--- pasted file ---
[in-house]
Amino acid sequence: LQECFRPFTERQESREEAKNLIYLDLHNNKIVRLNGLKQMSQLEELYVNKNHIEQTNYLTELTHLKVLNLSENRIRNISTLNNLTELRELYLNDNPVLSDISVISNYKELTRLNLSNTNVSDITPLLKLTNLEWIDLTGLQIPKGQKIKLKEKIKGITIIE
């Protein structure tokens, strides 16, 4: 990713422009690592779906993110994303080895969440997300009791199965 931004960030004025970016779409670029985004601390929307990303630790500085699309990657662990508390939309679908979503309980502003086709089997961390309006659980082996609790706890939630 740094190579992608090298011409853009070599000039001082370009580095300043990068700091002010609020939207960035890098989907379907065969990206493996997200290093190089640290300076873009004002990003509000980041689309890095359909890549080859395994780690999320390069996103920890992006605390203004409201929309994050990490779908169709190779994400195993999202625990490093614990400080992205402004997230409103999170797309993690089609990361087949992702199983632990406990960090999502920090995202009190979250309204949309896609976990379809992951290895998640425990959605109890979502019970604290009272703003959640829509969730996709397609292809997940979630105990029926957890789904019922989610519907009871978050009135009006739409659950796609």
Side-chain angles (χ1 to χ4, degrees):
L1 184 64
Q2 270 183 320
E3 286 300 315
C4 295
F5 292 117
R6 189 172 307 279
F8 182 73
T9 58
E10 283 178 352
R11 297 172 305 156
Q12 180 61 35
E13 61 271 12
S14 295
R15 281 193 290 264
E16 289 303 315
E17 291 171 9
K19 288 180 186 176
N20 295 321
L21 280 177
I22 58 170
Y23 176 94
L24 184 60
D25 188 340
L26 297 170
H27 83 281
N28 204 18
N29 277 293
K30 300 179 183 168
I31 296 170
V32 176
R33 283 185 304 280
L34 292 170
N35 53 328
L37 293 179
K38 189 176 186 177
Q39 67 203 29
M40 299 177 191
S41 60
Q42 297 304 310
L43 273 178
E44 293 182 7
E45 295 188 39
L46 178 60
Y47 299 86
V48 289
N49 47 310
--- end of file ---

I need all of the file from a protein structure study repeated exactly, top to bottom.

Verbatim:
[in-house]
Amino acid sequence: LQECFRPFTERQESREEAKNLIYLDLHNNKIVRLNGLKQMSQLEELYVNKNHIEQTNYLTELTHLKVLNLSENRIRNISTLNNLTELRELYLNDNPVLSDISVISNYKELTRLNLSNTNVSDITPLLKLTNLEWIDLTGLQIPKGQKIKLKEKIKGITIIE
């Protein structure tokens, strides 16, 4: 990713422009690592779906993110994303080895969440997300009791199965 931004960030004025970016779409670029985004601390929307990303630790500085699309990657662990508390939309679908979503309980502003086709089997961390309006659980082996609790706890939630 740094190579992608090298011409853009070599000039001082370009580095300043990068700091002010609020939207960035890098989907379907065969990206493996997200290093190089640290300076873009004002990003509000980041689309890095359909890549080859395994780690999320390069996103920890992006605390203004409201929309994050990490779908169709190779994400195993999202625990490093614990400080992205402004997230409103999170797309993690089609990361087949992702199983632990406990960090999502920090995202009190979250309204949309896609976990379809992951290895998640425990959605109890979502019970604290009272703003959640829509969730996709397609292809997940979630105990029926957890789904019922989610519907009871978050009135009006739409659950796609």
Side-chain angles (χ1 to χ4, degrees):
L1 184 64
Q2 270 183 320
E3 286 300 315
C4 295
F5 292 117
R6 189 172 307 279
F8 182 73
T9 58
E10 283 178 352
R11 297 172 305 156
Q12 180 61 35
E13 61 271 12
S14 295
R15 281 193 290 264
E16 289 303 315
E17 291 171 9
K19 288 180 186 176
N20 295 321
L21 280 177
I22 58 170
Y23 176 94
L24 184 60
D25 188 340
L26 297 170
H27 83 281
N28 204 18
N29 277 293
K30 300 179 183 168
I31 296 170
V32 176
R33 283 185 304 280
L34 292 170
N35 53 328
L37 293 179
K38 189 176 186 177
Q39 67 203 29
M40 299 177 191
S41 60
Q42 297 304 310
L43 273 178
E44 293 182 7
E45 295 188 39
L46 178 60
Y47 299 86
V48 289
N49 47 310